A Pakistani teenager who was shot in the head by a Taliban gunman for promoting the education of women has been released from a British hospital. Her shooting drew international condemnation and publicity for her cause.
Doctors at the Queen Elizabeth Hospital in the central English city of Birmingham said Malala Yousufzai was now well enough to continue her recovery at home with her family.
"Malala is a strong young woman and has worked hard with the people caring for her to make excellent progress in her recovery," the hospital's medical director Dave Rosser said. "Following discussions with Malala and her medical team, we decided that she would benefit from being at home," Rosser added.
The teenager had been leaving the hospital for several hours at a time for the past few weeks.
Doctors, who have described her recovery as remarkable, said she would still need surgery to correct damage sustained in the shooting, in which a bullet grazed her brain.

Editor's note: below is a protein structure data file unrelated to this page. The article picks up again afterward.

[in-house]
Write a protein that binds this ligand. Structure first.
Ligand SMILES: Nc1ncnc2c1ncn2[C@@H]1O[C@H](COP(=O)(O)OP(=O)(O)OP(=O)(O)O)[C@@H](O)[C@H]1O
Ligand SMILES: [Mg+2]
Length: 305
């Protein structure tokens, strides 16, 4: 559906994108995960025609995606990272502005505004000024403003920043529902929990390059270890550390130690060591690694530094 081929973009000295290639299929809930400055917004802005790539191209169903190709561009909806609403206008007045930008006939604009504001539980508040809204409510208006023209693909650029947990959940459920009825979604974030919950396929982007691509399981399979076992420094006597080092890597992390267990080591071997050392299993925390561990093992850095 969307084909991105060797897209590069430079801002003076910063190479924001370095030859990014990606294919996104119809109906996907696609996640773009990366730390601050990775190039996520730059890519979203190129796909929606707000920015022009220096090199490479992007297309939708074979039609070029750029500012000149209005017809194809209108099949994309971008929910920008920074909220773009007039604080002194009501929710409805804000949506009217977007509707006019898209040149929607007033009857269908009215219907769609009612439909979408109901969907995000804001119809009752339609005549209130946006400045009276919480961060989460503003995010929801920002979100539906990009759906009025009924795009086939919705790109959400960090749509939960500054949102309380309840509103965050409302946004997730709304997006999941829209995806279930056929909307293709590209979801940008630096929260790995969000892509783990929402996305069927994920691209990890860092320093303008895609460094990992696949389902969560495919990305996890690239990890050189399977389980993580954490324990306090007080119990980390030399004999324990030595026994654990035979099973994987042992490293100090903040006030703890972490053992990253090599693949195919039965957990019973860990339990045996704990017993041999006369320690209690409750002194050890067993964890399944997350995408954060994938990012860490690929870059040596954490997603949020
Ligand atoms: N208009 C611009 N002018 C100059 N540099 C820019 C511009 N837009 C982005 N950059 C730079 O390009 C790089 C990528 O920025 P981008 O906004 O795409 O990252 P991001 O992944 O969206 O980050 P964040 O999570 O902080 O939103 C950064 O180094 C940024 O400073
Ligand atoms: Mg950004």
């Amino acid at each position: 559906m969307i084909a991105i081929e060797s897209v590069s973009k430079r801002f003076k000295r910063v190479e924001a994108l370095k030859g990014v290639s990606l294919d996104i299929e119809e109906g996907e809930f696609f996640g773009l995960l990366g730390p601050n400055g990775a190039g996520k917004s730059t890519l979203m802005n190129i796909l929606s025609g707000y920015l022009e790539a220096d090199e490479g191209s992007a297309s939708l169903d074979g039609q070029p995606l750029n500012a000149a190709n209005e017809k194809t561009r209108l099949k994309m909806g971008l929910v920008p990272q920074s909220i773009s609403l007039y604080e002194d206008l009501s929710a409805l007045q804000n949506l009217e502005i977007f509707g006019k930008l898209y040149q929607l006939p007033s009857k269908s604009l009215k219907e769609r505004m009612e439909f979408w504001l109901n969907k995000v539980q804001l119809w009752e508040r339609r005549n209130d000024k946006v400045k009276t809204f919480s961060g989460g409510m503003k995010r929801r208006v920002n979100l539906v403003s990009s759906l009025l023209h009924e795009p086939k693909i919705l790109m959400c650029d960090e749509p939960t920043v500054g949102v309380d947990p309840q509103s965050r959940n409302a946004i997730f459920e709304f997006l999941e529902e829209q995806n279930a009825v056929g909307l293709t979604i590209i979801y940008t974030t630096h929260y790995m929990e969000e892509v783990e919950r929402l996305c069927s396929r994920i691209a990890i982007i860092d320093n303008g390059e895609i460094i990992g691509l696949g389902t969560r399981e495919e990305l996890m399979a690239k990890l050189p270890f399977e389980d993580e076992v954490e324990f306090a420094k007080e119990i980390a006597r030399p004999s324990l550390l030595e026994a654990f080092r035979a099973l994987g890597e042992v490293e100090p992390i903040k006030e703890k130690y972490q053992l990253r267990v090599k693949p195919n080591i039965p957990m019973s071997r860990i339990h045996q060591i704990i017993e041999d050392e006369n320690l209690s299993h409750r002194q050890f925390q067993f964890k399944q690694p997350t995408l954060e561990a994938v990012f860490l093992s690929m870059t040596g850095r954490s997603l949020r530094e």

The 15-year-old girl had been brought to Britain for treatment a week after she was shot in the head at point-blank range as she left her school in the Swat valley last October.
News of the attack on the young activist sparked global outrage and international media attention made her into a symbol of the efforts of Taliban Islamist militants to deny education and other rights to women.
pfd/rc (Reuters, dpa)
Porto and Zenit St. Petersburg took a small step closer to the Champions League group stage, with 1-0 away wins respectively at Lille and Standard Liege. Indeed, none of the five hosts in qualifying action managed a win.
The World Cup is a distant memory and the next Bundesliga season is set to begin. But what does Germany's success in Brazil mean for the domestic football scene? And is the Bundesliga ready to compete on the world stage?